Business

‘Tis the season to say goodbye to these downtown Bellingham restaurants

Man Pies announced in November that it was closing after eight years in business. The Railroad Avenue restaurant is one of several downtown Bellingham eateries that have closed in recent months.
Man Pies announced in November that it was closing after eight years in business. The Railroad Avenue restaurant is one of several downtown Bellingham eateries that have closed in recent months. The Bellingham Herald file

With 2018 winding down, the downtown Bellingham restaurant scene is churning.

Man Pies announced in late November in a Facebook post that it has closed after eight years of business. The eatery on Railroad Avenue joins six other downtown restaurants that have closed in recent months, including most recently Eat and Brotha Dudes.

Restaurant closures this time of year usually involve many factors, Guy Occhiogrosso, president and CEO of the Bellingham Regional Chamber of Commerce, said in an interview.

“What’s important to note is that everyone’s situation is different,” Occhiogrosso said.

One reason restaurants and other businesses close toward the end of the year is because leases are up for renewal, sometimes at higher rates.

There are also legislative changes that will impact businesses and workers starting Jan. 1. Along with the new family leave premiums, which some employers and most workers will pay for, the state minimum wage will rise to $12 an hour in January, a 50-cent-an-hour increase.

With the family leave premium, most local restaurants (those who employ fewer than 50 people) don’t have to pay the employer portion, but they do need to collect the worker portion, according to the state’s paidleave.wa.gov website.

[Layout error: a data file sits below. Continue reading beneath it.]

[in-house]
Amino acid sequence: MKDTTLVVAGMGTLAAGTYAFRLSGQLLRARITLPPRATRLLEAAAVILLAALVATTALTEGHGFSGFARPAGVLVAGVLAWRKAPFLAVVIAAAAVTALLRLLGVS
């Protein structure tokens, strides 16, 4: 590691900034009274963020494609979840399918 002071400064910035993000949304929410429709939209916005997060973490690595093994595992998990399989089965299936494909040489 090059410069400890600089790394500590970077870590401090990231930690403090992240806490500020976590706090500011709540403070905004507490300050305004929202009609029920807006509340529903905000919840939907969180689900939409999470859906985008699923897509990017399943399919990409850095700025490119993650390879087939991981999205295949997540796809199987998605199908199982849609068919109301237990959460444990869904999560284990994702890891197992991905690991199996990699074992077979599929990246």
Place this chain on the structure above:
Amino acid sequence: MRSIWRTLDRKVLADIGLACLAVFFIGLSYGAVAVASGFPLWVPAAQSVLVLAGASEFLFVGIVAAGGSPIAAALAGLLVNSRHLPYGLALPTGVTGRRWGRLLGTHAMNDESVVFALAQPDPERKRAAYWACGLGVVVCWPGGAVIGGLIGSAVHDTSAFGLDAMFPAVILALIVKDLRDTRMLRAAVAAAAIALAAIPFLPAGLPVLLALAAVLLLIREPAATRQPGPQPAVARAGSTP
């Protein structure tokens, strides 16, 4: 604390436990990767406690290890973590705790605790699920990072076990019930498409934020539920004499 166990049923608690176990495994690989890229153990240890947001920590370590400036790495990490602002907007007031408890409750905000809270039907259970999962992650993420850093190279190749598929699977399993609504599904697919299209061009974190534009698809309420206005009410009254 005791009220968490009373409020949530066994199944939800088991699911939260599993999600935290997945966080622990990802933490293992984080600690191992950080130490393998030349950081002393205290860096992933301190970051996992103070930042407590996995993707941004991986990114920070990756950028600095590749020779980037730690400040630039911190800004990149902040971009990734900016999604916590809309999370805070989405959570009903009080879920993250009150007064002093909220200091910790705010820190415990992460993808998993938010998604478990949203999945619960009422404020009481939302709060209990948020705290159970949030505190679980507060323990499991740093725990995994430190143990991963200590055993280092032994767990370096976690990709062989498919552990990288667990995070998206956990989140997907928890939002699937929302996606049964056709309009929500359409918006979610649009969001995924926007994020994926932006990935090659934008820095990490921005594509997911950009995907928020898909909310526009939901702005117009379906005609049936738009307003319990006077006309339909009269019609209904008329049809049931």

Occhiogrosso believes the changes happening in January could be a factor when a restaurant closes, but other things are a deciding factor, including fatigue.

“Running a restaurant is tough,” he said, noting that the number of hours an owner puts in can lead to exhaustion.

It should also be noted that plenty of new restaurants have been opening and many popular places are changing hands, said CJ Seitz of Western Washington University’s Small Business Development Center. Simmering Tava recently opened in downtown Bellingham, for example, while Skylark’s Hidden Cafe in Fairhaven was recently purchased by Brad Haggen.

The key for restaurant owners to handle the changes is planning, said Seitz in an email. That includes looking at the financial impacts and what can be done to offset the new costs. That could include raising prices, cutting staff hours or trimming menu items.

Restaurant owners are also finding ways to connect with customers to build loyalty, as well as bringing in new technology and business models to keep costs low, she said.

“An operator needs to have a manageable facility cost as well as tightly controlled wage and food costs in order to be successful,” Seitz said.

Dave Gallagher: 360-715-2269; @BhamHeraldBiz.
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